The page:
Standing up in multiple sclerosis (SUMS): protocol for a multi-centre randomised controlled trial evaluating the clinical and cost effectiveness of a home-based self-management standing frame programme in people with progressive multiple sclerosis.
Freeman, J A
RightsArchived with thanks to BMC Neurology. This article is distributed under the terms of the Creative Commons Attribution 4.0 International License (http://creativecommons.org/licenses/by/4.0/), which permits unrestricted use, distribution, and reproduction in any medium, provided you give appropriate credit to the original author(s) and the source, provide a link to the Creative Commons license, and indicate if changes were made. The Creative Commons Public Domain Dedication waiver (http://creativecommons.org/publicdomain/zero/1.0/) applies to the data made available in this article, unless otherwise stated.
MetadataShow full item record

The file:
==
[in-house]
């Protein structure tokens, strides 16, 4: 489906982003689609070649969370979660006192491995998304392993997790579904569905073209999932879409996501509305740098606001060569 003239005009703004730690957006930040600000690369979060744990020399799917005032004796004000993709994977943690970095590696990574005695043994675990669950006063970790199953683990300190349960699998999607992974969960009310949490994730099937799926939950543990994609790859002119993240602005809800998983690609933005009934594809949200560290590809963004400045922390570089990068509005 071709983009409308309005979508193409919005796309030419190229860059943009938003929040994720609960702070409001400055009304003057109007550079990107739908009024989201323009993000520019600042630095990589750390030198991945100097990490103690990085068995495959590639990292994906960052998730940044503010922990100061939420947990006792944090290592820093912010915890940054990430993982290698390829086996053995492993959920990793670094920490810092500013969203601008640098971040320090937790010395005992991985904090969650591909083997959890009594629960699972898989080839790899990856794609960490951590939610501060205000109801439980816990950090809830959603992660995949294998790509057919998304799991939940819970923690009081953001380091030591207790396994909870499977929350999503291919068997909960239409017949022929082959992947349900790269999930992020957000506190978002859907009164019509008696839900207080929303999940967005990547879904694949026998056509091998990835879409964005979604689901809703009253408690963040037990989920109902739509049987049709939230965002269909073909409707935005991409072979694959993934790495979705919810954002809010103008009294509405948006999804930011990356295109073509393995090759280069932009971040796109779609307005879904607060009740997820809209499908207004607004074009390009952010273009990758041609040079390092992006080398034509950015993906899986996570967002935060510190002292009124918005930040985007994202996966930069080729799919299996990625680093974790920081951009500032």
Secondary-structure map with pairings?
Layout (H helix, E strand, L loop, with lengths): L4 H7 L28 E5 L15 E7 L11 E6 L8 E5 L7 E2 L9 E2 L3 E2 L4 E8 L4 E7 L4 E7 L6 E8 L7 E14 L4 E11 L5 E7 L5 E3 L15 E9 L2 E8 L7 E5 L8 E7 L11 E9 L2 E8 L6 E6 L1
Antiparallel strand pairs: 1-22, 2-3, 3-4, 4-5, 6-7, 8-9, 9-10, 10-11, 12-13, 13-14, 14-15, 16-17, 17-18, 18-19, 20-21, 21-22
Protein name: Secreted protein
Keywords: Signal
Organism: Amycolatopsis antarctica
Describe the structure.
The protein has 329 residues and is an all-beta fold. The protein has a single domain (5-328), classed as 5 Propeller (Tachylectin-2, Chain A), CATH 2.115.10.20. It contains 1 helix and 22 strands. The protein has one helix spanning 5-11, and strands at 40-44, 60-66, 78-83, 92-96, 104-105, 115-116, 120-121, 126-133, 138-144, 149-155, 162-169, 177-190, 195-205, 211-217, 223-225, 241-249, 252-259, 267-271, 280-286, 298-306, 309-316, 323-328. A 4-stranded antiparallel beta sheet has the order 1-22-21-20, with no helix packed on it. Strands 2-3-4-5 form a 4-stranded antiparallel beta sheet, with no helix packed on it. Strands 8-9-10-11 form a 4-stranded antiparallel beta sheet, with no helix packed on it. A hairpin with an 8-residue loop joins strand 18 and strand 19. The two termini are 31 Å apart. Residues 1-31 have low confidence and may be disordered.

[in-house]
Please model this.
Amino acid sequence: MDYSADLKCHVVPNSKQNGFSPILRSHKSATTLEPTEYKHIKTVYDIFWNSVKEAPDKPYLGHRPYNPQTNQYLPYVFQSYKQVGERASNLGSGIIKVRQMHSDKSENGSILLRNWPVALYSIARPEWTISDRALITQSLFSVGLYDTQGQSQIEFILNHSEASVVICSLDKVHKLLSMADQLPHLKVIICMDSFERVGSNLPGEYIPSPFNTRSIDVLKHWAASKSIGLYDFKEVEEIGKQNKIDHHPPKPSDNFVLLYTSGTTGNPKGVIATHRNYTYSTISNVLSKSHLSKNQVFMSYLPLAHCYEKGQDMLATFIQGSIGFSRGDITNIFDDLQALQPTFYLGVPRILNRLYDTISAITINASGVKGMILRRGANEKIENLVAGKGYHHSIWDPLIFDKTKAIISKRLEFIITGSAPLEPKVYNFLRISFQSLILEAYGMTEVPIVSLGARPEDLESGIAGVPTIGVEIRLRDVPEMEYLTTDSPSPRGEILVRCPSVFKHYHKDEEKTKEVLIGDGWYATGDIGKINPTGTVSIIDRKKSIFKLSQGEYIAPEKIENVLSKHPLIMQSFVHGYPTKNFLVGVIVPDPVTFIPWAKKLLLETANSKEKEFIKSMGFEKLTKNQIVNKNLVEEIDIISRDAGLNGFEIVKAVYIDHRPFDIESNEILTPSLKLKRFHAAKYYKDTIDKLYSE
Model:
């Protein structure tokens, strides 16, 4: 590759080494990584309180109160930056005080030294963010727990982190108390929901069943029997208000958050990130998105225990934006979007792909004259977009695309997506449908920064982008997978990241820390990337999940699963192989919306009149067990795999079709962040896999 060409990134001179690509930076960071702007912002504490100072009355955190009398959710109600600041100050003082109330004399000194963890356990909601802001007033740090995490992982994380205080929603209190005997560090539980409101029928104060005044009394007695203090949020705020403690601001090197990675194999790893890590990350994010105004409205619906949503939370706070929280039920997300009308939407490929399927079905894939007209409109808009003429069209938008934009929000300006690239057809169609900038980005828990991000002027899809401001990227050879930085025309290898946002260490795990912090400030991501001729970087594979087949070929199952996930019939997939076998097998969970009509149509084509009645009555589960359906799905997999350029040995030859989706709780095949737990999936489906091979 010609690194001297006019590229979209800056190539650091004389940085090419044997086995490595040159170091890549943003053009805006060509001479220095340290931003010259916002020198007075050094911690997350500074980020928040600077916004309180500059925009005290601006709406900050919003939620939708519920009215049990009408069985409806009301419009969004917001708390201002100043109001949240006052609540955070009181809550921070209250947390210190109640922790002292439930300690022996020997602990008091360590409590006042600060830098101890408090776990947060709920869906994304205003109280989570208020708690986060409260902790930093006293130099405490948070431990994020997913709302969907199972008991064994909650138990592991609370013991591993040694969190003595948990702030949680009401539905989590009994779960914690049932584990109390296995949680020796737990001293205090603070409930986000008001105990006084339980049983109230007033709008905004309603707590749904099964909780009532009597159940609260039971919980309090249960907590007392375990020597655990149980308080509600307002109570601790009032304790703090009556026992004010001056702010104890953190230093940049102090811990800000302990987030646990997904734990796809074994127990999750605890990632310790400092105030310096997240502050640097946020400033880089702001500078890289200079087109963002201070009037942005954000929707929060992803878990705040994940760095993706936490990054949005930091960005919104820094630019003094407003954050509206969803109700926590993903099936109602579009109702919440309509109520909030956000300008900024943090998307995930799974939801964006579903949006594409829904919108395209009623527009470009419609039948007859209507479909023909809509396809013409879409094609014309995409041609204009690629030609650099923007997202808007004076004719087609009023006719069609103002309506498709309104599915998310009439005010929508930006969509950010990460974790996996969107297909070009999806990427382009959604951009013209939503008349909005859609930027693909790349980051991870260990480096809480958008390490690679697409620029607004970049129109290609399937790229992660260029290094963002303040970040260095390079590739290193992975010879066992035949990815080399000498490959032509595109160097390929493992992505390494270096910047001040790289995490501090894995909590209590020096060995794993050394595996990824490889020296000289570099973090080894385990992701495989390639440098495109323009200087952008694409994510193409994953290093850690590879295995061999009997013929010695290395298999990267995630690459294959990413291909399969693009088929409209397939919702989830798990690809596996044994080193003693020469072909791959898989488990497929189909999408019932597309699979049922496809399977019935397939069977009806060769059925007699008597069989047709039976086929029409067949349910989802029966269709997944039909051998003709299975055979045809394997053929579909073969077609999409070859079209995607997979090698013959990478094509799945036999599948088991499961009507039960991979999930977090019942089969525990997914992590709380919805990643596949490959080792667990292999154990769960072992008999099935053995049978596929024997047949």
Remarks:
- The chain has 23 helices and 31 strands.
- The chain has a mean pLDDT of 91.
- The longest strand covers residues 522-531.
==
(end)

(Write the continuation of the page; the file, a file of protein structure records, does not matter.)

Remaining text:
Multiple sclerosis (MS) is an incurable, unpredictable but typically progressive neurological condition. It is the most common cause of neurological disability in young adults. Within 15 years of diagnosis, approximately 50 % of affected people are unable to walk unaided, and over time an estimated 25 % depend on a wheelchair. Typically, people with such limited mobility are excluded from clinical trials. Severely impaired people with MS spend much of their day sitting, often with limited ability to change position. In response, secondary complications can occur including: muscle wasting, pain, reduced skin integrity, spasms, limb stiffness, constipation, and associated psychosocial problems such as depression and lowered self-esteem. Effective self-management strategies, which can be implemented relatively easily and cheaply within people's homes, are needed to improve or maintain mobility and reduce sedentary behaviour. However this is challenging, particularly in the latter stages of disease. Regular supported standing using standing frames is one potential option.